New Chosun Ilbo article on the Taiwanese Economy

For those of you who don’t “hablo español,” Chosun Ilbo is Spanish for “Chosun Daily.”


  1. Country with the most dazzling economy in 2020 is the one with 23 million people called Taiwan. Yes, it said country.
  2. Executive Yuan estimates growth at 2.54% for 2020.
  3. International organizations peg Korea at 0.9% and China at 1.9%.
  4. First time Taiwan surpassed China since 1991 in growth.
  5. Taiwan will grow 3.2% this year.
  6. Taiwanese GDP per capita will surpass $30,000 USD, surpassing Korea’s levels.
  7. Among countries with more than 20 million in population, Taiwan’s growth is #1.
  8. Korea’s per-capita income surpassed Taiwan in 2003 and has since extended its lead.
  9. What has happened in recent years? Attitudes towards Beijing. Taiwan distanced itself.
    Moon government hitched itself to China.

Anyhow, (9) is the only reason he pulled out of that article (there’s a lot more). He went off into his own explanation.

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That is wrong. Korea’s GDP per capita has been >30k for a few years, though it has stuck there so the figures are pretty close.

I also don’t believe there’s any way conceivable Taiwan can hit $30,000. It was $25,000 a year ago. Even accounting for the surge in NTD it still won’t get you there.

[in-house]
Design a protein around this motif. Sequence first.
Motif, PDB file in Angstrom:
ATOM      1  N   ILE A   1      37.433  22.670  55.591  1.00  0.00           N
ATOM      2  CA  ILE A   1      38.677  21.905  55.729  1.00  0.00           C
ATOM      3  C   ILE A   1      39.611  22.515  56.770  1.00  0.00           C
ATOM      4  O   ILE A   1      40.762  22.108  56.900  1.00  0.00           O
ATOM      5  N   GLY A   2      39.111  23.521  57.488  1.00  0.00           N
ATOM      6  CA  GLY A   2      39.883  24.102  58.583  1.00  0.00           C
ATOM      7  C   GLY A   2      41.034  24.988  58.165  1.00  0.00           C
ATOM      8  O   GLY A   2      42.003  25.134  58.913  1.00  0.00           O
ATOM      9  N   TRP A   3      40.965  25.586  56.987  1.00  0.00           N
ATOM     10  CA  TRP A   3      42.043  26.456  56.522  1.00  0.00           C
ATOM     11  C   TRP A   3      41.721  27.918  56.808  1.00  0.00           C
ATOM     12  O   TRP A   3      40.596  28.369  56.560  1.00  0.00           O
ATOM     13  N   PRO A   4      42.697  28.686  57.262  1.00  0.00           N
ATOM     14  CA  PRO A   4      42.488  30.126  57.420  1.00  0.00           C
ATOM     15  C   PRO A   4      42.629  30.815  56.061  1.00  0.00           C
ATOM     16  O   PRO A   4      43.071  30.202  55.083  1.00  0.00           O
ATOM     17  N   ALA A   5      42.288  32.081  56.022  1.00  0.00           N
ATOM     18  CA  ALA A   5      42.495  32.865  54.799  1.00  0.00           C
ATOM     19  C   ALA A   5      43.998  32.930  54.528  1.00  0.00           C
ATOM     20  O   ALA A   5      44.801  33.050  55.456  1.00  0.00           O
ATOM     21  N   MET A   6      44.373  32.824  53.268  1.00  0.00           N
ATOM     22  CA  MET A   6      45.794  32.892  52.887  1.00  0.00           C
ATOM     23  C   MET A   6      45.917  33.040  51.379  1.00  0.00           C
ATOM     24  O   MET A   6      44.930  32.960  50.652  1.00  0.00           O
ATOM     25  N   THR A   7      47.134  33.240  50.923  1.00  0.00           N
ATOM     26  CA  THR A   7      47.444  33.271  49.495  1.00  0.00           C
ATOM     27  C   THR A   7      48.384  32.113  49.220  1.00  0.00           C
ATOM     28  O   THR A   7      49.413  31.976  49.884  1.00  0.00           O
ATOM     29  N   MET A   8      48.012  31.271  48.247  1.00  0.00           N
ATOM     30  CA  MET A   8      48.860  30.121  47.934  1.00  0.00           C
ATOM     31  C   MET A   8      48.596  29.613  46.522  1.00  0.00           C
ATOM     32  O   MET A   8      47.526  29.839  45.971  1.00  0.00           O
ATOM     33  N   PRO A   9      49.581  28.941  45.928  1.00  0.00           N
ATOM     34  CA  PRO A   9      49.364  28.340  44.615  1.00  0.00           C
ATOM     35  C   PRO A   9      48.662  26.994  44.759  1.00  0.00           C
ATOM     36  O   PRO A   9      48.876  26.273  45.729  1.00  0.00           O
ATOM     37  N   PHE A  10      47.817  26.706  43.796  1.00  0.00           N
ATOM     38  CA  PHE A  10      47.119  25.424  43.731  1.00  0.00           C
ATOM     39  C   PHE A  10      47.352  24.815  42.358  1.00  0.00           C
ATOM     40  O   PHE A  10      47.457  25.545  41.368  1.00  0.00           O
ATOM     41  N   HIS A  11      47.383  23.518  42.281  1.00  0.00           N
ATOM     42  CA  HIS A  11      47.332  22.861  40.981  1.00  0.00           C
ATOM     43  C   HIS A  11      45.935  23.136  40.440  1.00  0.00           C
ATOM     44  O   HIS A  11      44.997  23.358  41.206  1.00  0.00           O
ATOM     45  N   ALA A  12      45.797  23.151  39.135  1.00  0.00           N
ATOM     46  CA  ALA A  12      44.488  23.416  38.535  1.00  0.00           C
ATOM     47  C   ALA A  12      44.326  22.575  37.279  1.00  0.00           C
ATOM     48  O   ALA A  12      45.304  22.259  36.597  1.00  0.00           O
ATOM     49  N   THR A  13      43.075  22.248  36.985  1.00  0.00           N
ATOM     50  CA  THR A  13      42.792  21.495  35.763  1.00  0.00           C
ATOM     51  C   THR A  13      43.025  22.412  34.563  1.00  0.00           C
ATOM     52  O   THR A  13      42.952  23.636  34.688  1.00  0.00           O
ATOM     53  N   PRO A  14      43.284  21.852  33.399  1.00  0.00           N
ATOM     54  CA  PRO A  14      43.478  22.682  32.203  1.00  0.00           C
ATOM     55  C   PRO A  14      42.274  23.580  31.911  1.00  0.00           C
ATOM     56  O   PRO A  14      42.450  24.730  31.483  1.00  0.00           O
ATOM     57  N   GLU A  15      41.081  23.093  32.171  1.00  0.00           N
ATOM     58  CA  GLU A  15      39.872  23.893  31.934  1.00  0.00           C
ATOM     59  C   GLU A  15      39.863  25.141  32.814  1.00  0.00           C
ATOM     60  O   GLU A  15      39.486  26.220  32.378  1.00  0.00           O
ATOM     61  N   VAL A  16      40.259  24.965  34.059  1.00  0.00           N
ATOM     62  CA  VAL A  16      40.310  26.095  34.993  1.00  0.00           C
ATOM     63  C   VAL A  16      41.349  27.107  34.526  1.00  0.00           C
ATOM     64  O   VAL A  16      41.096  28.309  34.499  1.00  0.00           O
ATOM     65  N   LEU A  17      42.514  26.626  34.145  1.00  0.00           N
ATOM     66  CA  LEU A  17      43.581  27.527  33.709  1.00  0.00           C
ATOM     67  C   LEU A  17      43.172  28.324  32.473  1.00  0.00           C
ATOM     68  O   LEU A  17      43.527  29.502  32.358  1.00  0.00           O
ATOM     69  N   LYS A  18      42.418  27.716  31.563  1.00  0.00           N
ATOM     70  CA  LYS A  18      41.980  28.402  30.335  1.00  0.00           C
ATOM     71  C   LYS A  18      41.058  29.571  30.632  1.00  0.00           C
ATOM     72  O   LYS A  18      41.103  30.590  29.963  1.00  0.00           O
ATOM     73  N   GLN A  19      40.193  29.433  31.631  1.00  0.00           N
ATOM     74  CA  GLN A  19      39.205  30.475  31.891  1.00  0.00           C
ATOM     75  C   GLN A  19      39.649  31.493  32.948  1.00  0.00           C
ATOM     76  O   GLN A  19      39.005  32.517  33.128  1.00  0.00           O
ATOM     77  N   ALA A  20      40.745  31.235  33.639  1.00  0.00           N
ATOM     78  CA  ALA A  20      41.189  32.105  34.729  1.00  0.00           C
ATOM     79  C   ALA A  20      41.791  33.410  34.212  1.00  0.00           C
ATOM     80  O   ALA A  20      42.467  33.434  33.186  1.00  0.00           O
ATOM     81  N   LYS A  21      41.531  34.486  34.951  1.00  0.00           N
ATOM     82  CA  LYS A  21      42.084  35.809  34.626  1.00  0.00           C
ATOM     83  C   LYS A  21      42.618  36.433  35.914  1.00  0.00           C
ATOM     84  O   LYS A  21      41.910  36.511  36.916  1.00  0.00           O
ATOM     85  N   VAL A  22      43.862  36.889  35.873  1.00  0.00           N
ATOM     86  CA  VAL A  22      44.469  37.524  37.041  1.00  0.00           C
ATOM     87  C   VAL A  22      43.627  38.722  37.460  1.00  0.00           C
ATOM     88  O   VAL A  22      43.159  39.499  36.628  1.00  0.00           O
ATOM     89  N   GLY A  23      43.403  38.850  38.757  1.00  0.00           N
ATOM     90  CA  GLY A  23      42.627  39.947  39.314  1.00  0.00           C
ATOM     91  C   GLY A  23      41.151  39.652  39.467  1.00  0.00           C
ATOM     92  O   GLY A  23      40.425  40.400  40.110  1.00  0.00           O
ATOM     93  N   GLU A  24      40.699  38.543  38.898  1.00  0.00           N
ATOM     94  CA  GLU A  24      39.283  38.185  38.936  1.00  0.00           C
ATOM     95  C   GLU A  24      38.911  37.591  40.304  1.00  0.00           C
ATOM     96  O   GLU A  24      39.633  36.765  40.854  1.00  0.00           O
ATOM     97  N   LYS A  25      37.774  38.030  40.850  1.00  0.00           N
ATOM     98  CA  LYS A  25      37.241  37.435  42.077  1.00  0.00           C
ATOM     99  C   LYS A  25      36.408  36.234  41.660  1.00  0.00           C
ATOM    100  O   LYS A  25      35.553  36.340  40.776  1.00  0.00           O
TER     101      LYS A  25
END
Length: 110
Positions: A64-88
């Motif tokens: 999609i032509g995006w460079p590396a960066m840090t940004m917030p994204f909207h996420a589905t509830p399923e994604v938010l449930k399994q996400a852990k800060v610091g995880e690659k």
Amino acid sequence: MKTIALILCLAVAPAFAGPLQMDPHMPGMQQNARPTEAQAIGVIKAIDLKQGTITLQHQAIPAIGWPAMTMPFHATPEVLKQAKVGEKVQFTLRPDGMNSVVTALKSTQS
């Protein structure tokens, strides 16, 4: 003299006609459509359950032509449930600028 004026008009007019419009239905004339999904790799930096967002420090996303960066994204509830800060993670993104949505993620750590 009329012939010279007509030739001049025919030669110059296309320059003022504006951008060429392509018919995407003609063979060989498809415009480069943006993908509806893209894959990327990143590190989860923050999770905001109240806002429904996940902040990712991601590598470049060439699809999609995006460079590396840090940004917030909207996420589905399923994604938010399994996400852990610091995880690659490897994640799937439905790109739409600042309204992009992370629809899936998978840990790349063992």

Not to mention Samsung has killed off important sectors of Taiwan’s economy: memory chips, displays, handsets.

It will be $30,000 this year. It was already $27,000 or $28,000 last year.



I guess it’s expected to get there very soon.

Here are the Chinese root characters for Chosun Ilbo: 朝鮮日報 (using “朝鮮” for “Korea” which is found sometimes and from which “Land of the Morning Calm” comes).


Where did you get the $28,000 figure?

Since about 60% of Micron’s revenue comes from Inotera, its Taiwan subsidiary, Taiwan has about 15% of the DRAM market vs. Korea’s 75%.

Do you guys know how to take a joke?

I found it funny, I mean in a low chuckle kind of way! I added that clarification in case this was confusing some reading this thread (not you).

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And I like discussing Chinese roots of Japanese and Korean words!

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